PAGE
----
How the fresh produce industry is preparing for Brexit

With over 700 members, the Fresh Produce Consortium (FPC) acts as the voice of the UK’s fresh produce industry, helping members develop and grow their businesses by creating and supporting new opportunities.

With Brexit approaching, the industry is getting ready for market trade beyond the 31 October. FPC’s membership manager Jenny Palmer discusses how they are supporting both domestic and global supply chain operations to run as smoothly as possible.

As the trade association representing both the domestic and global supply chains of the fruit, vegetable and flowers industry, Brexit is something that has been high on the agenda for the Fresh Produce Consortium (FPC) over the past few years.

In 2018, shipments of fresh fruit and vegetables as well as flowers entered the UK from over 26 European countries, predominantly through ports in the south. The majority of items coming through are perishables with limited time before expiry, products like flowers from the Netherlands, tomatoes and citrus from Spain and apples and pears from France. As it stands, the UK imports about 85% of its vegetables from the EU (ITC Trade Map).

With that in mind, it’s extremely important that supply chain providers can provide efficient turnaround times, freight forwarding options and refrigerated storage, so products don’t perish, as well as a proactive, solutions-led service.

If the EU does indeed reject the latest Brexit plans, one of the biggest concerns for products grown in mainland Europe and imported to the UK is delays due to increased paperwork and border controls. In order to continue to successfully import fresh goods after Brexit, we need to learn to work in different ways.

A lot of flowers at the moment are arriving into the UK from Europe via road, however attention is beginning to be switched towards alternative transport methods as customs checks enforced by Brexit are likely to fuel traffic jams and lengthy delays on the roads.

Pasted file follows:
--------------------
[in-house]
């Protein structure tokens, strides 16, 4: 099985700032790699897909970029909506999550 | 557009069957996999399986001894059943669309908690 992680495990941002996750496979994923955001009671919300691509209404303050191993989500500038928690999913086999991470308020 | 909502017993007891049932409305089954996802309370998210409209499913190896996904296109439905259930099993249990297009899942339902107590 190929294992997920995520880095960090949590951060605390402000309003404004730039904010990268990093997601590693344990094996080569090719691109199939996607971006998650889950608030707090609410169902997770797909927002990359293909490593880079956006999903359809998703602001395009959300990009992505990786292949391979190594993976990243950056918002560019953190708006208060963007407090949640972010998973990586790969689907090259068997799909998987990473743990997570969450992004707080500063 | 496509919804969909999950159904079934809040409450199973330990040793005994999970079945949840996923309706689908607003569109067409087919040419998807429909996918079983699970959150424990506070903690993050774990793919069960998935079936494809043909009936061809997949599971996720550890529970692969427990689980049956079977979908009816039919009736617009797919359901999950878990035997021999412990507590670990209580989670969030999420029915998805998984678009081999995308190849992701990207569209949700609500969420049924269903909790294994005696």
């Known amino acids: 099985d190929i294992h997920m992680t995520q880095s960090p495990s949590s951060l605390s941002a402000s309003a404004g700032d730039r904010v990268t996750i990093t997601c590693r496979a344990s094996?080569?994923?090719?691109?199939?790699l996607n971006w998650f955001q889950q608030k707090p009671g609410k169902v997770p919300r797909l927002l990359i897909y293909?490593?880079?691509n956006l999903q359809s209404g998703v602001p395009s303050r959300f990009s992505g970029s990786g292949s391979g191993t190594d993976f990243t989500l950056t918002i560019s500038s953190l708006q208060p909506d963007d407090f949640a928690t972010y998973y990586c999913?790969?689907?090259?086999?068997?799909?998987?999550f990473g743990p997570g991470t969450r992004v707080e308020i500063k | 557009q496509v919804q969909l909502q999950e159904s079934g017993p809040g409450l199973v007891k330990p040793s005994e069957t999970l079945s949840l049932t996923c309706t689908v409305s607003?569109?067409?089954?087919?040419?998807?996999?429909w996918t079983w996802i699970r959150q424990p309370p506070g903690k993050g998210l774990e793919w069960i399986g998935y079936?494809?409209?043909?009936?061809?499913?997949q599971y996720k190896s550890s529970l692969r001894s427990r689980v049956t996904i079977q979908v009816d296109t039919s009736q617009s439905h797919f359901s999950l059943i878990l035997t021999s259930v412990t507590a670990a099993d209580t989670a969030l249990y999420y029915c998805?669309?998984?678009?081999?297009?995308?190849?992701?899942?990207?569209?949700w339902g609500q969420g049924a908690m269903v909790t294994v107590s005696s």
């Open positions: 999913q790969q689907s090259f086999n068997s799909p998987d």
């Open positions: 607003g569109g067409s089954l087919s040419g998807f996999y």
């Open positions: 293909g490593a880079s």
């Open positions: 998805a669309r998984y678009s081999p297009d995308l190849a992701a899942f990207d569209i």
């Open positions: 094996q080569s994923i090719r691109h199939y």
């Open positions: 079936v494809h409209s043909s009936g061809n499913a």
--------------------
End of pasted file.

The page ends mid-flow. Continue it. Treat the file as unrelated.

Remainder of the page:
Taking advantage of the UK’s extensive port network is likely to be a viable alternative, with ports in the north able to offer hugely reduced waiting times, storage and efficient onward routes. Currently more than 75% of all RORO freight from ports on the near Continent passes through the channel and 99% of it is accompanied. Going forward, this will result in bottlenecks so we must look to solutions away from the south to avoid what has the risk to become catastrophic delays for perishable goods.

We strive to offer our members, many of which are small businesses without the resource to outline contingency plans beyond the 31 October, a wide range of advice to help them continue with business as usual. Although business chiefs are urging the Prime Minister to grant “special status” to produce and flowers imported from Europe, explanations of what this might look like are hazy and there is no formal agreement in place. 

There are also growing concerns around available warehouse storage space, particularly of refrigerated units, as companies stockpile goods for the busy festive season.

Finally, there’s also a job to be done working with international suppliers to ensure they understand the different options that are available for the safe transit of their goods. The last thing we want is a container of perishable cargo turning to unusable garbage.

We’re here to offer advice to our members on the different supply chain options available post-Brexit. Feel free to get in touch with any questions:

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